NEW YORK: The United Nations Security Council should refer Myanmar, also known as Burma, to the International Criminal Court (ICC) because of its failure to investigate mass atrocities against ethnic Rohingya, Human Rights Watch said on Friday.

UN member countries should also pursue processes for gathering criminal evidence to advance prosecutions in the ICC and other courts, the New York-based watchdog group said.

Myanmar authorities have failed to credibly investigate security force operations since late August that have resulted in mass arson, killing, rape and looting, destroying hundreds of villages and forcing more than 600,000 Rohingya Muslims to the neighbouring Bangladesh.

HRW’s field research found that Myanmar military abuses amount to crimes against humanity.

“Justice is desperately needed for the Rohingya population targeted by the Burmese military’s campaign of ethnic cleansing,” said Param Preet Singh, associate international justice director at Human Rights Watch.

“The UN Security Council should refer the situation in Burma to the ICC, which was created precisely to address situations in which grave crimes were committed without consequences.”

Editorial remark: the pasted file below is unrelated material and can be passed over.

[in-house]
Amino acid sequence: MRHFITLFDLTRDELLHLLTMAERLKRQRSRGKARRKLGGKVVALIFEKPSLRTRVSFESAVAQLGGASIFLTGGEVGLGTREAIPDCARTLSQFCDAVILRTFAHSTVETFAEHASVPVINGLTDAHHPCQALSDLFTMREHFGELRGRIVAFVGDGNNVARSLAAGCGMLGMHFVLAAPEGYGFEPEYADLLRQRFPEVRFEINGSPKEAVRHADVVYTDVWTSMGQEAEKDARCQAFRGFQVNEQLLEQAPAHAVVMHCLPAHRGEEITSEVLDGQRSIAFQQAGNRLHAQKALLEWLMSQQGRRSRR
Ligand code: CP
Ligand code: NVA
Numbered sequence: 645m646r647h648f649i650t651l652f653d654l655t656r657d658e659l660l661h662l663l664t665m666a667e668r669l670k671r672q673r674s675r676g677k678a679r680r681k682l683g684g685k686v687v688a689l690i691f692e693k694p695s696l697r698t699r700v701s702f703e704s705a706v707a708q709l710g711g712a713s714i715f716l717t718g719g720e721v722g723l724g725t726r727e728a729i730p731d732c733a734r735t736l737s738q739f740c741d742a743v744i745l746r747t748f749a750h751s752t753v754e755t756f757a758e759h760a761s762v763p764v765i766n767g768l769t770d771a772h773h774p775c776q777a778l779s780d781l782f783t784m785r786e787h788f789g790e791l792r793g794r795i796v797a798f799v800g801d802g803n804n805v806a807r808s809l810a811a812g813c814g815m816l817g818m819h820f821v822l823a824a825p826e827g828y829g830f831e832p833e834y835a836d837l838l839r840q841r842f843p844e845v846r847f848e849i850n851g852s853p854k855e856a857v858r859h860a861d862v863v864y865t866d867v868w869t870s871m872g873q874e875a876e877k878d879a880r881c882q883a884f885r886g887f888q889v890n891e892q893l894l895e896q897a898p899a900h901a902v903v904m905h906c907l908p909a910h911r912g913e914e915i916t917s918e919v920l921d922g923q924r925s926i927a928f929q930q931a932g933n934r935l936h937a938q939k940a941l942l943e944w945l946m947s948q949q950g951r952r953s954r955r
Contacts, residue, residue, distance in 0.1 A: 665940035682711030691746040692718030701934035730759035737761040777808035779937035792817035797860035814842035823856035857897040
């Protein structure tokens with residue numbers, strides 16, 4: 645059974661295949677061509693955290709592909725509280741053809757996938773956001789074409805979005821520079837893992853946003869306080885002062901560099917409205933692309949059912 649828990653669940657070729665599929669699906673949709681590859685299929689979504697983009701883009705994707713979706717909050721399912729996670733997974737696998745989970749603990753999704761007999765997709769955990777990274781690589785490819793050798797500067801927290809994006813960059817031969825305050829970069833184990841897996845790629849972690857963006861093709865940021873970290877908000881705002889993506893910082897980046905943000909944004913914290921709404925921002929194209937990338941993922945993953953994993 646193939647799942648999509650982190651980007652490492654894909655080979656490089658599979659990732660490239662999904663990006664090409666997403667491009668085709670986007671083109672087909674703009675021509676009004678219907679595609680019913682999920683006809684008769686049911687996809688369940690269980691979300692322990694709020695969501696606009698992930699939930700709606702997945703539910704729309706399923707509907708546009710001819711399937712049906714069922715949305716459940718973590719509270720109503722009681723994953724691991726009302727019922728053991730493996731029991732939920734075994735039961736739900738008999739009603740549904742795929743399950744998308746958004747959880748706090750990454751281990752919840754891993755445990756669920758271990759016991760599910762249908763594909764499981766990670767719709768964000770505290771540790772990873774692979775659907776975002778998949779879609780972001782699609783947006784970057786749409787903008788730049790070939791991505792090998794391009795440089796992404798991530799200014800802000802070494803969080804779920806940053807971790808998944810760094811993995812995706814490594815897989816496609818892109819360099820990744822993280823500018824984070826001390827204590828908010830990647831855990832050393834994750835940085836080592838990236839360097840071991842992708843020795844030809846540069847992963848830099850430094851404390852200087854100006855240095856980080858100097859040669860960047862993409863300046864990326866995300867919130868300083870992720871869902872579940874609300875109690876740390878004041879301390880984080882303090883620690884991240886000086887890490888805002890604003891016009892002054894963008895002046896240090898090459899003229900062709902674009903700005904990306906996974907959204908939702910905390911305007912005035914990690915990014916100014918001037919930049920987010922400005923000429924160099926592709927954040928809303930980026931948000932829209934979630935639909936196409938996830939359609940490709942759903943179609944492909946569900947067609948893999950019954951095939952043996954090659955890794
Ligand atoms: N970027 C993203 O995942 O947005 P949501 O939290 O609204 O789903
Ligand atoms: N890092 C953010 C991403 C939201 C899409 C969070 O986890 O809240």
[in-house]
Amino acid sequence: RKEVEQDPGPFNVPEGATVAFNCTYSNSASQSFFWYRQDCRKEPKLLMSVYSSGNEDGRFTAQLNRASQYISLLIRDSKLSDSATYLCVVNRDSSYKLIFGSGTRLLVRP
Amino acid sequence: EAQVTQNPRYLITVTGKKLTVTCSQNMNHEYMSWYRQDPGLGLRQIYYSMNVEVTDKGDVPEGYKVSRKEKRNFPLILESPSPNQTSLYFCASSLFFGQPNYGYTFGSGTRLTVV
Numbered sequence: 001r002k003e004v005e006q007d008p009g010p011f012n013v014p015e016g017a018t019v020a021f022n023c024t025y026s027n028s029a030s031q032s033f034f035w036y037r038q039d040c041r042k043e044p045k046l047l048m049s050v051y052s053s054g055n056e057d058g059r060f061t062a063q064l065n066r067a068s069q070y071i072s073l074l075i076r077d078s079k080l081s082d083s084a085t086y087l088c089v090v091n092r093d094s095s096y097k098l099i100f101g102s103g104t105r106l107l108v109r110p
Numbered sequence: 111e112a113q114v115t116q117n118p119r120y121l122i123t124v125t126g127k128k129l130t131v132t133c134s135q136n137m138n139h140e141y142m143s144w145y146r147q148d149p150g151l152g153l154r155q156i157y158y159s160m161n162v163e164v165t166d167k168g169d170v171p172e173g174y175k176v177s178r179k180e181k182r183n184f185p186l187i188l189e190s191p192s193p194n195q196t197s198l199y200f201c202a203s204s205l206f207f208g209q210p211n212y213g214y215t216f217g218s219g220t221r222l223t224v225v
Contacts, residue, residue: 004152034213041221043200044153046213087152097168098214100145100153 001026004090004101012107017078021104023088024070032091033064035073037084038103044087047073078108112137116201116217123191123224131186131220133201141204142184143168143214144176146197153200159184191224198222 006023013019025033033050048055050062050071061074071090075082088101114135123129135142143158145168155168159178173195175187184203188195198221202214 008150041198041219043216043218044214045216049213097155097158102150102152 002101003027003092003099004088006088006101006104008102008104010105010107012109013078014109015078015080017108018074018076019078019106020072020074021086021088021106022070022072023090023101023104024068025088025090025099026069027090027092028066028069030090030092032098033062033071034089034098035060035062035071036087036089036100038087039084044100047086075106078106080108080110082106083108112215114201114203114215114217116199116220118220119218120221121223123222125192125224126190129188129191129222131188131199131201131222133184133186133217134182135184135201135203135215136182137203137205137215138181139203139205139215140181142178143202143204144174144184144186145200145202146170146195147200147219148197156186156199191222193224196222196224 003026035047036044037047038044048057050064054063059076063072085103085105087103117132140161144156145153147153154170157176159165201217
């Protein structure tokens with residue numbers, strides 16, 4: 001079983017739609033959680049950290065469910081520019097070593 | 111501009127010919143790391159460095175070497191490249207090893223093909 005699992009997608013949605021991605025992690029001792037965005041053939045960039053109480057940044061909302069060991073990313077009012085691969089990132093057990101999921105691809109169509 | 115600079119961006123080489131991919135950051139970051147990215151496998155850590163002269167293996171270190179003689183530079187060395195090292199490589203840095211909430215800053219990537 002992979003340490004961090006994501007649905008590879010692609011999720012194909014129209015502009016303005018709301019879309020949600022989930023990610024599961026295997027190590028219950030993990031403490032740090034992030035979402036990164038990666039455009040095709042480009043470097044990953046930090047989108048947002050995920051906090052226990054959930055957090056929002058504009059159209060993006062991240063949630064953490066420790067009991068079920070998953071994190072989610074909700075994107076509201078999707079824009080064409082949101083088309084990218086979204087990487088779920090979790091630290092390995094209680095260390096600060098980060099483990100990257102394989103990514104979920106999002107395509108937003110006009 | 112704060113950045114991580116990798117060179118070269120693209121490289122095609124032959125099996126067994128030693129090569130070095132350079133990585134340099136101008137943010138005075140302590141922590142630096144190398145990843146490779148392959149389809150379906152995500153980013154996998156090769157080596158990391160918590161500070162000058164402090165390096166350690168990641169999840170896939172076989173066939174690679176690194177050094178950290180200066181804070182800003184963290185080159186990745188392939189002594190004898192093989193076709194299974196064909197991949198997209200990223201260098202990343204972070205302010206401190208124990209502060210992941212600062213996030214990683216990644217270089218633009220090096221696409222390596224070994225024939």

The Myanmar government’s support both for the military operations against the Rohingya and its repeated discounting and dismissal of alleged abuses make it extremely unlikely that the government will press for the credible investigation and prosecution of crimes against humanity, HRW said in the press statement.

Historically, courts in Myanmar have tried soldiers for human rights violations only infrequently and have never held soldiers to account for war crimes. Civilian courts have rarely had jurisdiction over soldiers implicated in criminal offences, HRW said.

In April, the UN Human Rights Council created a fact-finding mission for Myanmar because of credible and serious allegations of human rights abuses. While the mission will document patterns of abuse, it does not have the mandate to investigate abuses to a criminal standard, though its findings could be used in eventual prosecutions.

Published in Dawn, November 5th, 2017

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